It all makes for a great balance, really. I get the full spectrum, from encouraging, teaching, re-teaching, and finding new things to try, to not being able to teach it fast enough. From practicing hard things a little bit every day, to watching the switch flip. Love it.


Ah, the well laid plans…

In 2004, Joe and I were teaching early morning seminary to a class full of 28 teenage students, ages 14-18, whom we knew next to nothing about. We flubbed our way along, one “learning experience” after another. After one of our lessons went disastrously in a different direction than we intended, I ended up calling our area supervisor for advice (and to let him hear our side of the story before it got to him some other way). He laughed and told me, “Every day’s the first day of seminary!” We got the point. If something wasn’t working, we were under no obligation to continue. Make a change! Get the train back on course!

I find myself thinking about that quote a lot. It was good to learn that lesson nearly eight years before I needed it.

We’ll be making changes to our homeschool days when we get back to it in January. We’re taking a break for a few weeks and will be lying low while I get things ready for Christmas, out of town guests, and finish up some painting and organization projects in our home.

What I wanted to have happen:

  1. Reading, ETC, Handwriting = 4 days a week
  2. Grammar = 3 days a week
  3. Math = 4 days a week
  4. History = 3 days a week
  5. Science = 2 days a week
  6. Piano = 5 days a week
Ambitious? Yes. But realistic. Handwriting, Grammar, and Piano only required 10 minutes or less a day.

What was happening in reality:

  1. It took about two weeks to turn into drudgery
  2. Mom spent most of every day encouraging, prodding, and cajoling to get the day’s work done, literally spending between 5-7 hours taking turns helping Henry and Sam one-on-one (so much for the teaching in tandem idea)
  3. Incentive charts were pulled out. Incentives seldom reached.
  4. Not a lot of time for play and decompressing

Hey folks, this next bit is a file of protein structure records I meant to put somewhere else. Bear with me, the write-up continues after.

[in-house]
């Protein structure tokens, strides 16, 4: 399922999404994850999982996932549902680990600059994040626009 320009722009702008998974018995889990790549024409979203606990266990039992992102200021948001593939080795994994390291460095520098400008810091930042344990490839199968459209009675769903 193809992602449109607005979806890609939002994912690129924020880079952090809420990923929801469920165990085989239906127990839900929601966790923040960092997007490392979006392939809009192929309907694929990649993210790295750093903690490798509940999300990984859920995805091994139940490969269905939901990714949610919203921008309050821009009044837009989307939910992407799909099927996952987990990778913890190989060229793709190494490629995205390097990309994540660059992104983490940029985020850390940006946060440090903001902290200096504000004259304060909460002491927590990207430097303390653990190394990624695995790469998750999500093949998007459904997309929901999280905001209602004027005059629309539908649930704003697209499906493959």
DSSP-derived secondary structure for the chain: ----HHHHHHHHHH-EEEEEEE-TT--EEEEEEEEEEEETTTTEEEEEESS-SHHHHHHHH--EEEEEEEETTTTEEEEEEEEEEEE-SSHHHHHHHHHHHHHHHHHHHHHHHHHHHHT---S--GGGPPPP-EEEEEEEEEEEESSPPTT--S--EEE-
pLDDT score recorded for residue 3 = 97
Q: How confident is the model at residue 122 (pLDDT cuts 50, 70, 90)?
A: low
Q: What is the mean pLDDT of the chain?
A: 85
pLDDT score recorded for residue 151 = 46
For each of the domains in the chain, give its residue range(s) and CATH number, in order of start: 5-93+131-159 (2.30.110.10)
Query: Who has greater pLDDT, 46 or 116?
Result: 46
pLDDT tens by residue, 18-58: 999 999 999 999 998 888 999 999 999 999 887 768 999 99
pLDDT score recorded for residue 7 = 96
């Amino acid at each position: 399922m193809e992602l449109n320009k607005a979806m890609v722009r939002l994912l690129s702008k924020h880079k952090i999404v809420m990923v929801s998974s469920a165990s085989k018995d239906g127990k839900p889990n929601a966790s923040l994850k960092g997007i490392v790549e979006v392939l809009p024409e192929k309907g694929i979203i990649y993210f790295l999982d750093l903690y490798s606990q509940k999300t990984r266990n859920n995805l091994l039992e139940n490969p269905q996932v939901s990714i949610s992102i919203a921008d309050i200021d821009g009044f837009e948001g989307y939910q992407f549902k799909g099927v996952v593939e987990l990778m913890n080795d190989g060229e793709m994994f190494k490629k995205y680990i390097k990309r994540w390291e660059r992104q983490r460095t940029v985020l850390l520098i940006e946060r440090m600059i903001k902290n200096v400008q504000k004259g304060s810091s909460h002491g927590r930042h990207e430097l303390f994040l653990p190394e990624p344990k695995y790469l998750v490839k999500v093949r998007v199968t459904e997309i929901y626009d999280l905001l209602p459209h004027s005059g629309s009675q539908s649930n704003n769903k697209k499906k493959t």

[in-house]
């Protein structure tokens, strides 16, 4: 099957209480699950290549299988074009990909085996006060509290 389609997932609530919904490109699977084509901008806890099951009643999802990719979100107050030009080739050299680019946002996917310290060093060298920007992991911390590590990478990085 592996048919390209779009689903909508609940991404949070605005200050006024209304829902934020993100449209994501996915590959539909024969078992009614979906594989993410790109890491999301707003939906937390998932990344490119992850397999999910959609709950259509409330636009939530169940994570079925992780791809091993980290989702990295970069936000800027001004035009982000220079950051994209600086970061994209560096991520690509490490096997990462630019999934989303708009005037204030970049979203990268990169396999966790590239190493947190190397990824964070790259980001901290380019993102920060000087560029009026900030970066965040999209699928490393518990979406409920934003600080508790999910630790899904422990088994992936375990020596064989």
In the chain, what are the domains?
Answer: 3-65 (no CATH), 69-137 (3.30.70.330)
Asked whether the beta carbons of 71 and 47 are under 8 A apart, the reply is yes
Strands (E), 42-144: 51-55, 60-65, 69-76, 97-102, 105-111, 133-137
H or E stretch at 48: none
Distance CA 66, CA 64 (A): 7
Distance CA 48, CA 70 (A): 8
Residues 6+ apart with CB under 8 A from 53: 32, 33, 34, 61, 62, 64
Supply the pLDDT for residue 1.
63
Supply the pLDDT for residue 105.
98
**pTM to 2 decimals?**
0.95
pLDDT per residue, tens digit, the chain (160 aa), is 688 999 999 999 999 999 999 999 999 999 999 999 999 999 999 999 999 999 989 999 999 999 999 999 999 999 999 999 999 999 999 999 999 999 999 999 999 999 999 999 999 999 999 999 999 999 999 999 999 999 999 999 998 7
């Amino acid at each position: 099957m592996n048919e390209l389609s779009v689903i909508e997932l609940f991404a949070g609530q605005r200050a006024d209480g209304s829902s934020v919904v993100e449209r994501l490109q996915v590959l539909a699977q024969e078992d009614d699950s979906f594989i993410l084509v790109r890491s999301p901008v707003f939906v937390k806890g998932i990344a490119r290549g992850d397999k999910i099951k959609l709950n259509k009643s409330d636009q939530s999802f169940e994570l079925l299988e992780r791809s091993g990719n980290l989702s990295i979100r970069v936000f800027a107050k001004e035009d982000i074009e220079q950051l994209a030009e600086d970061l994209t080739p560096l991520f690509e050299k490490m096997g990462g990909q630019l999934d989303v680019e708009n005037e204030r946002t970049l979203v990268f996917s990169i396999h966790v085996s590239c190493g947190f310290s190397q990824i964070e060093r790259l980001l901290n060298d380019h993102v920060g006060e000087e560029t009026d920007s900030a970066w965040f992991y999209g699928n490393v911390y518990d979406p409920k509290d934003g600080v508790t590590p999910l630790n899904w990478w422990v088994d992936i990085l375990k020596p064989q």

5. The 10-minute timer was employed, with better results (each subject got timed for ten minutes and we’d just put it away when the timer dinged)
  6. Becca and Kate spent hours watching PBS every day so I could work with the boys
  7. All reading for fun disappeared

It really hasn’t taken me long to cry uncle.

I really liked “The Well-Trained Mind” theory. I thought it was a beautiful plan all laid out. But when I stopped to think about it, I realized that my kids are just that–kids. A 6- and 5-year old in whom I was squelching the joy of learning in favor of academic rigor. They didn’t need that. I wasn’t finding much joy in learning, either. I wasn’t finding time to work with my girls. I hated that we weren’t cuddling on the couch and reading together for hours on end. I was constantly stressed out because I had no time for meal planning or preparation. Not cool any way you sliced it.

Curtain down. Intermission.

So here’s what I want to do going forward: all of it, just scaled back. Instead of history three times a week, we’ll do one. Instead of handwriting four times a week, we’ll do two. And etc. Two or three subjects each day before lunch. Afternoons will be dedicated to reading, aloud, together, one-on-one, boys practicing their reading…piles of books everywhere.

I feel much more at peace with the new plan. Besides, I think back to my reflection on our first year, and even as erratic as it all seemed to me, we managed to get a lot accomplished just by baby stepping. So that’s my new focus: just do a little bit every day. We’ll get there!

I love that every day is the first day of seminary.


Year One in Review (July 2010-July 2011)

Trite as it sounds, I can hardly believe it was a year ago that I sat down at the kitchen table and began teaching Henry how to read, which was the advent of our home schooling. All things considered, we’ve had a wonderful ride on the home schooling roller coaster this year. All of us have learned much!

Perspective is a wonderful thing, really. When I take into consideration the fact that none of my kids knew the sounds the letters in the alphabet make a mere 365 days ago, it is a marvelous feeling of accomplishment to know that today, all four of them can tell me the sound any letter makes. Not only that, but Henry—and Samuel—and even Kate and Becca (if you count the capital letter magnets) can read. A lot can happen in a year.